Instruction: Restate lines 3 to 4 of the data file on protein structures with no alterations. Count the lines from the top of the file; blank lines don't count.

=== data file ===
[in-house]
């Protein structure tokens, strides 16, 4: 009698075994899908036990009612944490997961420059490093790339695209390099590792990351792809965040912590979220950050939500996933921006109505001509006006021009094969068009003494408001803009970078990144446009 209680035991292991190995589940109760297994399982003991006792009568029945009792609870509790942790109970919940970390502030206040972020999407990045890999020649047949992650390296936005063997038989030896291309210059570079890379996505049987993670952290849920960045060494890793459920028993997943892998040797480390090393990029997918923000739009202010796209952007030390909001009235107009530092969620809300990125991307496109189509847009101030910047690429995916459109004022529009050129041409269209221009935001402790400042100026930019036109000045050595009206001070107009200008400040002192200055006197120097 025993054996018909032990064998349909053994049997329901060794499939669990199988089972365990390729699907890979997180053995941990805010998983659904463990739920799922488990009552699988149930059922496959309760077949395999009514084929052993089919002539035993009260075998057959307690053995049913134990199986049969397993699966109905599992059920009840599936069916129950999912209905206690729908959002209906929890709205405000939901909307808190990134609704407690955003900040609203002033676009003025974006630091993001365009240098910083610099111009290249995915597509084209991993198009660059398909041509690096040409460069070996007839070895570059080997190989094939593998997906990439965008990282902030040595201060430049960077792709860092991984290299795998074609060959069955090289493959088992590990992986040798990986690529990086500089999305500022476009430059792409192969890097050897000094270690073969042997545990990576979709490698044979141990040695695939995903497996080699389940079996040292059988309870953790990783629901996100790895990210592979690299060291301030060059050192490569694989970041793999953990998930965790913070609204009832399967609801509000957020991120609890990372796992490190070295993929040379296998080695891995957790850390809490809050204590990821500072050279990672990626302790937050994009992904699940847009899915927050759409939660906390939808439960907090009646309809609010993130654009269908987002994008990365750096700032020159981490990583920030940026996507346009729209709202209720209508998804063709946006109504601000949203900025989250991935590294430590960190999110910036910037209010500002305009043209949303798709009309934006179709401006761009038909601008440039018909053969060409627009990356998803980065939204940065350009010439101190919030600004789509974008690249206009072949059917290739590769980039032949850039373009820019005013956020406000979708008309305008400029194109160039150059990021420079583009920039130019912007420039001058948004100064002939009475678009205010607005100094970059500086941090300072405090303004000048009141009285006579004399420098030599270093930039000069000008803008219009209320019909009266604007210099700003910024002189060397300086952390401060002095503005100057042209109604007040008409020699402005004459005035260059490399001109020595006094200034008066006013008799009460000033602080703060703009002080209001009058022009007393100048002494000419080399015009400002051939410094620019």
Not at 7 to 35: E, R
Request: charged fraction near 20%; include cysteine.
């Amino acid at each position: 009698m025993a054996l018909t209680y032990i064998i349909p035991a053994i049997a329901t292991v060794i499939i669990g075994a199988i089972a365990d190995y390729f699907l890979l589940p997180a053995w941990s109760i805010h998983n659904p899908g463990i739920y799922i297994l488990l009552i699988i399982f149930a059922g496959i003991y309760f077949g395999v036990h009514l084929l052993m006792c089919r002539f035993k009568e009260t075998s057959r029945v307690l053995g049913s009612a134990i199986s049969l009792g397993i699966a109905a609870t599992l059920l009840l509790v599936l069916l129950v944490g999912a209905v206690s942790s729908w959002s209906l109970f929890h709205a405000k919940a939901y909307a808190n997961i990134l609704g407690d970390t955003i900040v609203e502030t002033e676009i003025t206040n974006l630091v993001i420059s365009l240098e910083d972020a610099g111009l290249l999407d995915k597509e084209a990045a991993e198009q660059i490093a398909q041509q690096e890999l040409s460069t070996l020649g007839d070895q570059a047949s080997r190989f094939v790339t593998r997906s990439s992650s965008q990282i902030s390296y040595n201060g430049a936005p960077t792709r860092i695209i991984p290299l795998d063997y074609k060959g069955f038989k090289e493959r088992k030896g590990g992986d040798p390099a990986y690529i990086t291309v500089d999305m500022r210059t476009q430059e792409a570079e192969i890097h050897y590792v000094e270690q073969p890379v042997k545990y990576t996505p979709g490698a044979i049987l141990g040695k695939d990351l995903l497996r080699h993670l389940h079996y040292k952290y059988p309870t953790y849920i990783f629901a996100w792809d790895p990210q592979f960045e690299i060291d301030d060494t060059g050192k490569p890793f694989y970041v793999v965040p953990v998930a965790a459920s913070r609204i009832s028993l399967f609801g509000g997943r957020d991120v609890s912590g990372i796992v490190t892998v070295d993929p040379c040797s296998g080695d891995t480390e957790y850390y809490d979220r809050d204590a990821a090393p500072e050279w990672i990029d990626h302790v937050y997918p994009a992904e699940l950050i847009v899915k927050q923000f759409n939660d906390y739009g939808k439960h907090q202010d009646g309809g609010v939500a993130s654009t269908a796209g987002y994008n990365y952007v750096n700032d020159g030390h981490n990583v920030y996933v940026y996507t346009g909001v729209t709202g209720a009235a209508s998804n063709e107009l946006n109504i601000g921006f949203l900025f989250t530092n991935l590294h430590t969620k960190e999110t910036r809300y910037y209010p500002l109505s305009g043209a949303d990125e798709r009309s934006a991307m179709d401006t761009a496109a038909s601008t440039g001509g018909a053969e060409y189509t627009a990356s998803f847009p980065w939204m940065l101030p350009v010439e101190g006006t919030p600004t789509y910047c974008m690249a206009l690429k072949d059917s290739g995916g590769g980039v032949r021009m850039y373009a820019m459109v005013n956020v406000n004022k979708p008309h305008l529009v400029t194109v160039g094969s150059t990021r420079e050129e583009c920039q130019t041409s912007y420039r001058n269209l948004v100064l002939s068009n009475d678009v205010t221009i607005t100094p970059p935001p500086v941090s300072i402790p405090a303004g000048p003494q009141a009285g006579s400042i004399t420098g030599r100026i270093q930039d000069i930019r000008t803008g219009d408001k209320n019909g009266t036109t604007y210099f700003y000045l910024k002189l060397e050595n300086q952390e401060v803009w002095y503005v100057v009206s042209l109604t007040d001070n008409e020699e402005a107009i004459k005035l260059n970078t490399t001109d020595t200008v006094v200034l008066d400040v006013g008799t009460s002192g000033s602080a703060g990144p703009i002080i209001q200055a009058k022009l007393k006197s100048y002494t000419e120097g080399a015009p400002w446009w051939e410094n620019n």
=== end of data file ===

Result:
Not at 7 to 35: E, R
Request: charged fraction near 20%; include cysteine.